I Prefer Tennis to Politics

Two heavyweight competitions have and are taking place. The match between Novak Djokovic and Rafael Nadal in the finals of the Australian Open was breathtaking in intensity, physical endurance and tennis mastery. For close to six hours, the two battled in a fashion unseen in the history of tennis. What a pleasure to watch, what a tribute to sports.

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Still Sister Republics ?

The revelation that Republican presidential candidate Mitt Romney had a Swiss bank account has once again raised the specter of Switzerland's U.S. image as a place for rich Americans to hide their money.

The former Governor of Massachusetts' posting of his tax forms not only indicated great wealth, suddenly a sin in a country where rags to riches has always been part of the American dream, but, even, worse, the manner in which he placed his money further tarnishes his image. First, he was accused of working for Bain Capital and firing people instead of creating jobs.

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Hldebrand, Muller: The Public/Private Divide and Inclusion/Exclusion

Two recent events in Switzerland highlight its specificity as well as the difficulty in navigating between two distinctive poles. The resignation of Philipp Hildebrand as President of the Swiss National Bank made headlines around the world. In essence, while he did not break a specific rule, he admitted to a certain moral error in judgment concerning his private banking affairs. In a larger sense, the question raised is the relationship between his private life and his public function. Whereas in the United States public figures are subject to intense scrutiny by the press, Swiss journalists go out of their way to respect privacy.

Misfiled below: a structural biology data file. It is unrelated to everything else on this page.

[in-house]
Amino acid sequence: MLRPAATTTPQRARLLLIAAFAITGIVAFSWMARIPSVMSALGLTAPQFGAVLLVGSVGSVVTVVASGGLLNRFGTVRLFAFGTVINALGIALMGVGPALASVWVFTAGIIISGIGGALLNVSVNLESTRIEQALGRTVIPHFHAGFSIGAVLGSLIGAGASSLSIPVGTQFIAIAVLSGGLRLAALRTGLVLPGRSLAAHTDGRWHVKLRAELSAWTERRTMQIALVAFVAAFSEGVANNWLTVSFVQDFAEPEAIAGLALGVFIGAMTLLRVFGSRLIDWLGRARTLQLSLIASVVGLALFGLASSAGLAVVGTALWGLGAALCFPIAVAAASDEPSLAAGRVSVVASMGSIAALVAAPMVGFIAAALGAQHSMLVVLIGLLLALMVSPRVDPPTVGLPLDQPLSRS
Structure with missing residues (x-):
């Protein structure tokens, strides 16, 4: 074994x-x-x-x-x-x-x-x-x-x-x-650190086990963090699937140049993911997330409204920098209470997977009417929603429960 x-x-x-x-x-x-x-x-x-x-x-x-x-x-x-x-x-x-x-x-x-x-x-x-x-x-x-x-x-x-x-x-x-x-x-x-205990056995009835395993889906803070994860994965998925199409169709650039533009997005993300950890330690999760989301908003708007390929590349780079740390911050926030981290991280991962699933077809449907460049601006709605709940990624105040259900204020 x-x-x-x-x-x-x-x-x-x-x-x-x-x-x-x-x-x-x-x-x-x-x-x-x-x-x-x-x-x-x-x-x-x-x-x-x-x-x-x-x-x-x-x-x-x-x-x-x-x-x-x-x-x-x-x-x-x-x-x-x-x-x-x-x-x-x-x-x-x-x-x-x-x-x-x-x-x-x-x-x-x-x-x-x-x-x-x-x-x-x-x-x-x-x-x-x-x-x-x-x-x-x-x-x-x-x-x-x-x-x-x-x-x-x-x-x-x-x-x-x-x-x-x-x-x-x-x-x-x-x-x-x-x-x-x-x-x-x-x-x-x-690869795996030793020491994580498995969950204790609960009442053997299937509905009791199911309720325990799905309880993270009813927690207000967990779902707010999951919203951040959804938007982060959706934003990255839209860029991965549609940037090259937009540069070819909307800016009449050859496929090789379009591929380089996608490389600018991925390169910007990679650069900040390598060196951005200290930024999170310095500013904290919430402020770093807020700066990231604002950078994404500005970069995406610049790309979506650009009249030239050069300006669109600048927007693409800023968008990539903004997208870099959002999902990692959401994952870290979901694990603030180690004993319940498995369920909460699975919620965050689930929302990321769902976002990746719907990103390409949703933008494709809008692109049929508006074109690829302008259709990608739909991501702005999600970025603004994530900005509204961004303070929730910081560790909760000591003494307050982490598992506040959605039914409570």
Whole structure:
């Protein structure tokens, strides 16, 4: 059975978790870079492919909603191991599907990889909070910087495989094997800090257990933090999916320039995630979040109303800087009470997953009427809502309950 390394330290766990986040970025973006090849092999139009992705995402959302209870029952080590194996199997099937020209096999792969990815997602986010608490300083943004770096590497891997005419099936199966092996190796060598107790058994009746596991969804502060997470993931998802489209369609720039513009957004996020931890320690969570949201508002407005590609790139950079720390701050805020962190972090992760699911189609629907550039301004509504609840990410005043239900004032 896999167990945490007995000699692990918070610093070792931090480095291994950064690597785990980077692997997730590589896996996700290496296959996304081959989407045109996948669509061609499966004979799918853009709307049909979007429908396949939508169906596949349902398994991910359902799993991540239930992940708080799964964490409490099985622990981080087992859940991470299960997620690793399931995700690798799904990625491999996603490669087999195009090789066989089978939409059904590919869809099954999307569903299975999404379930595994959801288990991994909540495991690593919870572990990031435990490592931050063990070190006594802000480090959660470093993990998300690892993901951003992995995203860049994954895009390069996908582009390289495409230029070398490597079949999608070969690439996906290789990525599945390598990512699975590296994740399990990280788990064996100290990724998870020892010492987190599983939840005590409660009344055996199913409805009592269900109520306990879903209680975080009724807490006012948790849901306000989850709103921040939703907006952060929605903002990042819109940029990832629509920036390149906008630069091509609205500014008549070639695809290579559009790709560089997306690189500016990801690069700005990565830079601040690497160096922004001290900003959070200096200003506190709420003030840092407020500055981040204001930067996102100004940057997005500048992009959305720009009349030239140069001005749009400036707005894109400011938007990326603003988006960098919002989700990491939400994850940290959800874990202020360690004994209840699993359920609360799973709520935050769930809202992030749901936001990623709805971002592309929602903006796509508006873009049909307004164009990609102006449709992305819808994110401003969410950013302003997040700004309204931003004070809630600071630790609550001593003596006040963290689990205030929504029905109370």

In this specific case, Hildebrand  and/or his wife was/were accused of using his public position for personal profit. Surprisingly, for the moment, Switzerland does not require public figures like Hildebrand to put their resources in a blind trust just as local politicians are not supposed to vote on issues related to their outside professional work. The private life of a very public figure was opened to national examination.

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The Thrill is Gone: The 2012 U.S. Presidential Election

My friends in the financial sector keep reminding me that history is the last 15 seconds on the Reuters screen. And I am aware that we are living in accelerated time. However, a short reflection on the presidential campaign of 2008 compared to where we are today is not without interest.

On the Democratic Party side, the primaries between Hillary Clinton and Barack Obama were riveting. A most qualified woman, former First Lady and New York Senator was battling a dynamic, articulate African-American. History was being challenged. If either got the nomination, if either won the presidency, history would be made and a new era would begin in the United States. A sense of excitement was palpable; a transformation was taking place; the young and many of the disenfranchised were energized.

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Let the Games Begin

"Let the games begin" is an expression usually associated with the Olympic Games. However, it might also be used for the United States primary season. The Republican primaries began on Tuesday with 6 Republicans competing in the Iowa primary to be followed on January 10 in New Hampshire. More than 1,700 local caucuses will be held on Tuesday in a state with a population of 3 million and 6 electoral votes, 1.1% of the total electoral votes.

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